According to The Verge, the bot is called BlenderBot 3 and can be viewed on the web. However, at the moment it seems that only residents of the United States can do this.
“We are committed to releasing all the data we collect in the demo in hopes that we can improve the conversational AI,” Kurt Shustera research engineer at Meta who helped create BlenderBot 3, reportedly said.
BlenderBot 3 is capable of engaging in general discussions, Meta said, but also answering the kind of questions you might ask a digital assistant, “from talking about healthy food recipes to finding suitable equipment to children in the city,” the report said.
The bot is a prototype and builds on Meta’s earlier work with what are known as large language models or LLMS – powerful but flawed text generation software of which OpenAI’s GPT-3 is the best known example.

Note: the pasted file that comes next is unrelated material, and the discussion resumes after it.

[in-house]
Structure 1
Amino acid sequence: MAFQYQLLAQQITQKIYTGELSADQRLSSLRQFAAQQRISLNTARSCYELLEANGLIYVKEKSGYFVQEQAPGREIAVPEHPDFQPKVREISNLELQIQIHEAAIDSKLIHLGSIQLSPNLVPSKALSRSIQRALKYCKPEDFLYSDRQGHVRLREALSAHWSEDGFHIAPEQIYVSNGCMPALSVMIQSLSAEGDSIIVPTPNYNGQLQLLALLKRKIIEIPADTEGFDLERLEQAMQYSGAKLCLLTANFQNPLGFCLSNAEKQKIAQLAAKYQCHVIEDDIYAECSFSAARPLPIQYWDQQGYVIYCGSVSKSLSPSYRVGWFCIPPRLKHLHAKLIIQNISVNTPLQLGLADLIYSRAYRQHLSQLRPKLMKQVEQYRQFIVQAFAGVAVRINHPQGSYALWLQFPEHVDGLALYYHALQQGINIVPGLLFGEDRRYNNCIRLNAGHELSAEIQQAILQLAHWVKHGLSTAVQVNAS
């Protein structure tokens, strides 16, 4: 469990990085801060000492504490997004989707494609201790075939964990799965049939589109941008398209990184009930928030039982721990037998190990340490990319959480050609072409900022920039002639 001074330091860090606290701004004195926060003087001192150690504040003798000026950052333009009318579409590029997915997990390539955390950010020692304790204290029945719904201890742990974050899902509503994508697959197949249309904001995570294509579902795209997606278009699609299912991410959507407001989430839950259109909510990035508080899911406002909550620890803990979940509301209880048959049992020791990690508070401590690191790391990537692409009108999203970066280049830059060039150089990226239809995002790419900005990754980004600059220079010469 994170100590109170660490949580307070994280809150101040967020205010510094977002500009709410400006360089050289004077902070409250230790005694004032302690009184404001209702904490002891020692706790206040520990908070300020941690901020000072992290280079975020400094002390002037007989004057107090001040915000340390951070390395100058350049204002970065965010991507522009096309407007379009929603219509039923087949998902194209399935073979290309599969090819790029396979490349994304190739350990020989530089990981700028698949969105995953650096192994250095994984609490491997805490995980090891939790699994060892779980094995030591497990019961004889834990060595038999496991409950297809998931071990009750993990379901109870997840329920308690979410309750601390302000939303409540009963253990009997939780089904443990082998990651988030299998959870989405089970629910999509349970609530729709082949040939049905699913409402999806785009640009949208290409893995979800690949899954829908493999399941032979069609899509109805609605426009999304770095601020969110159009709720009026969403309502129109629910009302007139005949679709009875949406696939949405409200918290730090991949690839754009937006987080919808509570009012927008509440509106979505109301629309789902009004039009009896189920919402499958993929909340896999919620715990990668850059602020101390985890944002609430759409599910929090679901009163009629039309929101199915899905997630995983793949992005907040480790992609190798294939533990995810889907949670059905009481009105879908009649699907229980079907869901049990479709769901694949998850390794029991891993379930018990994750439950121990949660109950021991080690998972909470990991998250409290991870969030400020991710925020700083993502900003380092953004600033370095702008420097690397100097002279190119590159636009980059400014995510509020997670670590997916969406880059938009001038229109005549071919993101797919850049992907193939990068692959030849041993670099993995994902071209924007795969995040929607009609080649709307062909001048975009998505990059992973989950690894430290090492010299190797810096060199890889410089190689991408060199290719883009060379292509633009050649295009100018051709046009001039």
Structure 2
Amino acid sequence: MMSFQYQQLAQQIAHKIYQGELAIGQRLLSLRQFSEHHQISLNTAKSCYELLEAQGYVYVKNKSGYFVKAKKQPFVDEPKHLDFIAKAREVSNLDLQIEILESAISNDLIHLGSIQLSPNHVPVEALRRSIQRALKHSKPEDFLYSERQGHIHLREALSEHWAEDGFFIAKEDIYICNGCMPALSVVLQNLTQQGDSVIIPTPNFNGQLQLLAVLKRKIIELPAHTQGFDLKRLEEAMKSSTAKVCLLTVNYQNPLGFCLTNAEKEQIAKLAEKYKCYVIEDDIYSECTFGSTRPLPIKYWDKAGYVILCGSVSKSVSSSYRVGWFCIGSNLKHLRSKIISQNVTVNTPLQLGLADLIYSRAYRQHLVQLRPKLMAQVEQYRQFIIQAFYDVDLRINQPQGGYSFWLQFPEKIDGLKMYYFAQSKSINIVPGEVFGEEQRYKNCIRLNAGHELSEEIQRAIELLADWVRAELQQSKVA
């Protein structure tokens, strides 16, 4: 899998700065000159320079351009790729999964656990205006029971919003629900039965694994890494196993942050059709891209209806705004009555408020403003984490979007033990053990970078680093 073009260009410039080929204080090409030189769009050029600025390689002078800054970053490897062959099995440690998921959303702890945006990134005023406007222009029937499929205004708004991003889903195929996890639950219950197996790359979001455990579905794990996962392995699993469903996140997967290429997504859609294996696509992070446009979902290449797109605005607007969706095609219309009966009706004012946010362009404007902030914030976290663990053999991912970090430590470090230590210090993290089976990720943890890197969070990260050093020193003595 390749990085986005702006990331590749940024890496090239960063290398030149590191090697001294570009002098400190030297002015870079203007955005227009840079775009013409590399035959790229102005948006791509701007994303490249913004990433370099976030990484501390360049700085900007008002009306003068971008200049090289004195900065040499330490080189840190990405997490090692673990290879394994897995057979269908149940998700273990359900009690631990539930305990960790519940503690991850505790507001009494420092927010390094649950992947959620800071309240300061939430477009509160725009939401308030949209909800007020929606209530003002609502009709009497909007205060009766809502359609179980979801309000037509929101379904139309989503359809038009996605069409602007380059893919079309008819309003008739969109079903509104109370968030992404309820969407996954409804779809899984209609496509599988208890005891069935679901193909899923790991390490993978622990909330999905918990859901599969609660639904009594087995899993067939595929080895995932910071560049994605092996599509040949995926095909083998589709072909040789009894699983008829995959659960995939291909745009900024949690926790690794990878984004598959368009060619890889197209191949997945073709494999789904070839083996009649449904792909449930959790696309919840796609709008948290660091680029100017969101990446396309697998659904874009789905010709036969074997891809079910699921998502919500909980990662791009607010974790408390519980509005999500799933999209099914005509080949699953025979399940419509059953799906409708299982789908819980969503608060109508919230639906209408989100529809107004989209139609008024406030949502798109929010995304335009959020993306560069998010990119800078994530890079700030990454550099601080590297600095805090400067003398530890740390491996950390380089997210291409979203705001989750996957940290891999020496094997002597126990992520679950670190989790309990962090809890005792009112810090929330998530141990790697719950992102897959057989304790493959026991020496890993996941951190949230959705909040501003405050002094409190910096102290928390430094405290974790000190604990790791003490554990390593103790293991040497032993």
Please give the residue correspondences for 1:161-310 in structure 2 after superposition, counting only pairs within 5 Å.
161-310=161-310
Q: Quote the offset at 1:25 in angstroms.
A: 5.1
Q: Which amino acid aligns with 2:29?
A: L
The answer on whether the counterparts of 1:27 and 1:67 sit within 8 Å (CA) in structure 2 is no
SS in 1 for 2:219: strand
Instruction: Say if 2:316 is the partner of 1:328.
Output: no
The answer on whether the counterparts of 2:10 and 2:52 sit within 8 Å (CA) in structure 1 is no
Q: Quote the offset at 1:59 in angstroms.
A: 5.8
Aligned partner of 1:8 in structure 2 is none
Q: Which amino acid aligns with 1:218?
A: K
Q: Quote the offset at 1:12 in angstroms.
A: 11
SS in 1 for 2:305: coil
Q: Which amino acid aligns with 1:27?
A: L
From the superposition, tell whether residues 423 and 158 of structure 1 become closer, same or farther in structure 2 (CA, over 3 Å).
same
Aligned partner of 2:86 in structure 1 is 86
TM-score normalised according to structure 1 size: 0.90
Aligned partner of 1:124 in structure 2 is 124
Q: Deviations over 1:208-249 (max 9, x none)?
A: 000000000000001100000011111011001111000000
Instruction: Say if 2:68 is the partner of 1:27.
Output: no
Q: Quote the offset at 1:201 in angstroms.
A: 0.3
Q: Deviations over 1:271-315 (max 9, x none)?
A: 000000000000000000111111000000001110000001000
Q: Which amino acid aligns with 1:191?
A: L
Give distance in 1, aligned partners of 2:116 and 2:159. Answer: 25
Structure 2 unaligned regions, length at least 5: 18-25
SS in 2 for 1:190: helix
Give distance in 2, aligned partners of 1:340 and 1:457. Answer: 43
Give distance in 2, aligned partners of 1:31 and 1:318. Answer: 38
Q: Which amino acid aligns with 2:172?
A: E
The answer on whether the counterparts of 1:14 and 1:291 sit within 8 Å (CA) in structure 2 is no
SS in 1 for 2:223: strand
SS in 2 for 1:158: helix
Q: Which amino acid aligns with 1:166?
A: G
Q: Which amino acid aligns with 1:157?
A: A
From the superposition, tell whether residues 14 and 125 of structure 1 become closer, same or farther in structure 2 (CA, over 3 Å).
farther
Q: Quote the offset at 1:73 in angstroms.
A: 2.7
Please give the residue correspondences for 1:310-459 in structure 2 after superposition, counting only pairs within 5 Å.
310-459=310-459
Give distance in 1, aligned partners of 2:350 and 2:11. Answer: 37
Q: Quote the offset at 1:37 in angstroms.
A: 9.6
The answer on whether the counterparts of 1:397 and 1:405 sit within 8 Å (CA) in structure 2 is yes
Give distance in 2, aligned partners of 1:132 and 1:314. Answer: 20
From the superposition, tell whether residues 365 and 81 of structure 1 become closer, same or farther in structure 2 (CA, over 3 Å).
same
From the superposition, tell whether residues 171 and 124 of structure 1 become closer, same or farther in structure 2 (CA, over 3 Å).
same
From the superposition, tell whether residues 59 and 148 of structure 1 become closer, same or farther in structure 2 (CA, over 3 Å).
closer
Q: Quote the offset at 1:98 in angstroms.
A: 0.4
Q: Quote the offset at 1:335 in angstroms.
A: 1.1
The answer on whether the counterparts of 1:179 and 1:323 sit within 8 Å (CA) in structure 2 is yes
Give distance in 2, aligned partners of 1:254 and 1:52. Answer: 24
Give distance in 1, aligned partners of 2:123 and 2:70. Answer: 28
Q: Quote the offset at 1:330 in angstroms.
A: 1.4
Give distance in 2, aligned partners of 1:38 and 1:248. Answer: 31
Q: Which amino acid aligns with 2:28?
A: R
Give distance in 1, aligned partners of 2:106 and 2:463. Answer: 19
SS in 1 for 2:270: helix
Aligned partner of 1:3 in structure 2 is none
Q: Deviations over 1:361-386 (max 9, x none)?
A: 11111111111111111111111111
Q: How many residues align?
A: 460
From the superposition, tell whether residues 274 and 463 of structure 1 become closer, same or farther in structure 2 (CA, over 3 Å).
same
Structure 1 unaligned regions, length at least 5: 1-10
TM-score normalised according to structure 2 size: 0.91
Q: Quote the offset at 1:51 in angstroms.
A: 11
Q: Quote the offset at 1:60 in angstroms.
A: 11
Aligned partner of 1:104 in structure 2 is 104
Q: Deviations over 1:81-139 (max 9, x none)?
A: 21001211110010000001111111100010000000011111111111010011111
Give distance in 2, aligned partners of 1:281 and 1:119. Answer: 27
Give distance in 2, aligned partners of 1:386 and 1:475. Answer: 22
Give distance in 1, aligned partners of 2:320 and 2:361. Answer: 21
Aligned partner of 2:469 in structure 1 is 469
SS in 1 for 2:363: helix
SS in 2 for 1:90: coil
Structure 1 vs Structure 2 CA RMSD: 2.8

Like all LLMs, BlenderBot is initially trained on large textual datasets, which it mines in search of statistical patterns to generate language.
Such systems have proven to be extremely flexible and have been used for a range of uses, from generating code for programmers to helping authors write their next bestseller.
However, these models also have serious flaws: they regurgitate biases in their training data and often invent answers to users’ questions (big deal if they are to be useful as digital assistants).